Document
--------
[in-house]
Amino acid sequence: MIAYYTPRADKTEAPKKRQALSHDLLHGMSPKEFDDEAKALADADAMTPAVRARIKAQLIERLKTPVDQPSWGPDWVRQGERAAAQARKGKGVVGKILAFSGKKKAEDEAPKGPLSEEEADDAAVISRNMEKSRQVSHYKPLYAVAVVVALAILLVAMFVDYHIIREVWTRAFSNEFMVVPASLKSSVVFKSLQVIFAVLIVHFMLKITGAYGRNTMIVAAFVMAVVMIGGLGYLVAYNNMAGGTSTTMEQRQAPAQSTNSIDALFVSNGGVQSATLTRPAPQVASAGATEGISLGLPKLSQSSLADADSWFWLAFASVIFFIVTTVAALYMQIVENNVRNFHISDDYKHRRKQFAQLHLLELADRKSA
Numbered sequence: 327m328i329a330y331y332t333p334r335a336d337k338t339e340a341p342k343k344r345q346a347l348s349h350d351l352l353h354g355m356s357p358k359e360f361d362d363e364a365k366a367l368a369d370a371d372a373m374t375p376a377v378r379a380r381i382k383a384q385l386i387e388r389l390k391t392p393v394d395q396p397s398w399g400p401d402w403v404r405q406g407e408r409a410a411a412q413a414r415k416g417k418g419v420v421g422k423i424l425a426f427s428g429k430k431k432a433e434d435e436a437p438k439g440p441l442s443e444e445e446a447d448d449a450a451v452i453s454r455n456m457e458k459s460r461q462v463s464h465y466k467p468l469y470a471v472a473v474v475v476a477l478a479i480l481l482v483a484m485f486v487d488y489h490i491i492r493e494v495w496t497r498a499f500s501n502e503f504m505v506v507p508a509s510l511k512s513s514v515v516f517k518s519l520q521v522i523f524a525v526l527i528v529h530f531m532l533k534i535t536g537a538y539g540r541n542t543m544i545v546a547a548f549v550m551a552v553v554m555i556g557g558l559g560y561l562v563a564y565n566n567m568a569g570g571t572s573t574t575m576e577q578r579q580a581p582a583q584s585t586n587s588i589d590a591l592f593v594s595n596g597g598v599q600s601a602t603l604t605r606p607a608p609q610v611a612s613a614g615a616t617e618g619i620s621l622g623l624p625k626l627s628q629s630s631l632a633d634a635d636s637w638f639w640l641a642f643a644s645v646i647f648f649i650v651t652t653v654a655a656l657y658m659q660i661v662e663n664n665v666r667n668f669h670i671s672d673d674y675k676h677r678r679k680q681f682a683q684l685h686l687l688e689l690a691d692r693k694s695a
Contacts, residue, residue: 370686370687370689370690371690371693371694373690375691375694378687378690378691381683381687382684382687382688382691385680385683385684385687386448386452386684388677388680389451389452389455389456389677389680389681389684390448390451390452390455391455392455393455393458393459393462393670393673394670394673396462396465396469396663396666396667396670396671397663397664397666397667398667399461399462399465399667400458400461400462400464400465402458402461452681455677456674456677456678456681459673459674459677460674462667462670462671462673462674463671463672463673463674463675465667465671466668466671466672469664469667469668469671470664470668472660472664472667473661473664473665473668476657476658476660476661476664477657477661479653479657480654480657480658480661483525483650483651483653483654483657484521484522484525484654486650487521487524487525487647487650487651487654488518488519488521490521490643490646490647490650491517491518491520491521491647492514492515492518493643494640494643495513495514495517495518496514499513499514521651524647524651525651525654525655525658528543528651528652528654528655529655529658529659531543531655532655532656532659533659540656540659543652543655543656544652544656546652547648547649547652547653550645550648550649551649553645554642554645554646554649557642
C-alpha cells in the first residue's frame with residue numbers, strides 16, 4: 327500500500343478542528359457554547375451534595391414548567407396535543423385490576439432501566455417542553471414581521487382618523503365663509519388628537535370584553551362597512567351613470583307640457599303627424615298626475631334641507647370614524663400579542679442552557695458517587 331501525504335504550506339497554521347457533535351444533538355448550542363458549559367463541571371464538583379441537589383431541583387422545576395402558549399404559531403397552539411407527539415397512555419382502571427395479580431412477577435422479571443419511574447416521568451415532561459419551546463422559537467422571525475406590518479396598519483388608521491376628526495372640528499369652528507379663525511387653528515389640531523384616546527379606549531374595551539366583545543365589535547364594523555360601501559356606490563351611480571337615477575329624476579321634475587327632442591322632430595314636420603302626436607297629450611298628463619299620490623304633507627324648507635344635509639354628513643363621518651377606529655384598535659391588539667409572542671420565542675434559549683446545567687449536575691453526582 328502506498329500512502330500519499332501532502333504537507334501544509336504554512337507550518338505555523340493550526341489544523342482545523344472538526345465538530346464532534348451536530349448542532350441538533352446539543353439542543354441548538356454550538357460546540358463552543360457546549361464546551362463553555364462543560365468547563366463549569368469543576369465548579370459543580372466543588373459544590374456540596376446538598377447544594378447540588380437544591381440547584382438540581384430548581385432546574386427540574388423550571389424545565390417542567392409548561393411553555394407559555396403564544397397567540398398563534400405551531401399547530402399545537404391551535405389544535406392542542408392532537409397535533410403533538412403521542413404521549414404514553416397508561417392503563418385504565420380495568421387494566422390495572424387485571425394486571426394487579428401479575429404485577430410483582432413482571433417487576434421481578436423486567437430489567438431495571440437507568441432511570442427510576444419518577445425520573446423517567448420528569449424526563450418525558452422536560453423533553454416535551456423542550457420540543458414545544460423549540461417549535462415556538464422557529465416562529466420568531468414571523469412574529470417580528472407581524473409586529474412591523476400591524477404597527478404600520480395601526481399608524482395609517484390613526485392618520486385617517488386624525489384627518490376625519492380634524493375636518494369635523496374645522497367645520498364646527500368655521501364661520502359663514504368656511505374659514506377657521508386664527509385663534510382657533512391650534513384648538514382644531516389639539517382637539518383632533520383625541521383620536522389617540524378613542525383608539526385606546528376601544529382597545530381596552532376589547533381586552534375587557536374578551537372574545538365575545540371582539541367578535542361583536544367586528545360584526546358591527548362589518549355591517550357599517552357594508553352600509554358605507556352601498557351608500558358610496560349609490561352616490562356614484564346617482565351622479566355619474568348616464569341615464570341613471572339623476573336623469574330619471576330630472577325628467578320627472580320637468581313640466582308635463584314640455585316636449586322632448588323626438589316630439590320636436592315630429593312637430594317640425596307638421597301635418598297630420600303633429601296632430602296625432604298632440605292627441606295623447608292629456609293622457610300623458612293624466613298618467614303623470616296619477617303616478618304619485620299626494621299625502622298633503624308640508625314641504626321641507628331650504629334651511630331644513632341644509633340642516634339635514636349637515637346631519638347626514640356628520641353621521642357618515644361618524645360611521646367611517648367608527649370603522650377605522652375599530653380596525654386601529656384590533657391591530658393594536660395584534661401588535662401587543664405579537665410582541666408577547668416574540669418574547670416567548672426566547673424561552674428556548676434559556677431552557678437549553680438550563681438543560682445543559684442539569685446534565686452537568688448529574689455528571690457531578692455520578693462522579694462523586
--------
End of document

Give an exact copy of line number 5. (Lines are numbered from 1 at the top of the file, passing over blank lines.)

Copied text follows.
C-alpha cells in the first residue's frame with residue numbers, strides 16, 4: 327500500500343478542528359457554547375451534595391414548567407396535543423385490576439432501566455417542553471414581521487382618523503365663509519388628537535370584553551362597512567351613470583307640457599303627424615298626475631334641507647370614524663400579542679442552557695458517587 331501525504335504550506339497554521347457533535351444533538355448550542363458549559367463541571371464538583379441537589383431541583387422545576395402558549399404559531403397552539411407527539415397512555419382502571427395479580431412477577435422479571443419511574447416521568451415532561459419551546463422559537467422571525475406590518479396598519483388608521491376628526495372640528499369652528507379663525511387653528515389640531523384616546527379606549531374595551539366583545543365589535547364594523555360601501559356606490563351611480571337615477575329624476579321634475587327632442591322632430595314636420603302626436607297629450611298628463619299620490623304633507627324648507635344635509639354628513643363621518651377606529655384598535659391588539667409572542671420565542675434559549683446545567687449536575691453526582 328502506498329500512502330500519499332501532502333504537507334501544509336504554512337507550518338505555523340493550526341489544523342482545523344472538526345465538530346464532534348451536530349448542532350441538533352446539543353439542543354441548538356454550538357460546540358463552543360457546549361464546551362463553555364462543560365468547563366463549569368469543576369465548579370459543580372466543588373459544590374456540596376446538598377447544594378447540588380437544591381440547584382438540581384430548581385432546574386427540574388423550571389424545565390417542567392409548561393411553555394407559555396403564544397397567540398398563534400405551531401399547530402399545537404391551535405389544535406392542542408392532537409397535533410403533538412403521542413404521549414404514553416397508561417392503563418385504565420380495568421387494566422390495572424387485571425394486571426394487579428401479575429404485577430410483582432413482571433417487576434421481578436423486567437430489567438431495571440437507568441432511570442427510576444419518577445425520573446423517567448420528569449424526563450418525558452422536560453423533553454416535551456423542550457420540543458414545544460423549540461417549535462415556538464422557529465416562529466420568531468414571523469412574529470417580528472407581524473409586529474412591523476400591524477404597527478404600520480395601526481399608524482395609517484390613526485392618520486385617517488386624525489384627518490376625519492380634524493375636518494369635523496374645522497367645520498364646527500368655521501364661520502359663514504368656511505374659514506377657521508386664527509385663534510382657533512391650534513384648538514382644531516389639539517382637539518383632533520383625541521383620536522389617540524378613542525383608539526385606546528376601544529382597545530381596552532376589547533381586552534375587557536374578551537372574545538365575545540371582539541367578535542361583536544367586528545360584526546358591527548362589518549355591517550357599517552357594508553352600509554358605507556352601498557351608500558358610496560349609490561352616490562356614484564346617482565351622479566355619474568348616464569341615464570341613471572339623476573336623469574330619471576330630472577325628467578320627472580320637468581313640466582308635463584314640455585316636449586322632448588323626438589316630439590320636436592315630429593312637430594317640425596307638421597301635418598297630420600303633429601296632430602296625432604298632440605292627441606295623447608292629456609293622457610300623458612293624466613298618467614303623470616296619477617303616478618304619485620299626494621299625502622298633503624308640508625314641504626321641507628331650504629334651511630331644513632341644509633340642516634339635514636349637515637346631519638347626514640356628520641353621521642357618515644361618524645360611521646367611517648367608527649370603522650377605522652375599530653380596525654386601529656384590533657391591530658393594536660395584534661401588535662401587543664405579537665410582541666408577547668416574540669418574547670416567548672426566547673424561552674428556548676434559556677431552557678437549553680438550563681438543560682445543559684442539569685446534565686452537568688448529574689455528571690457531578692455520578693462522579694462523586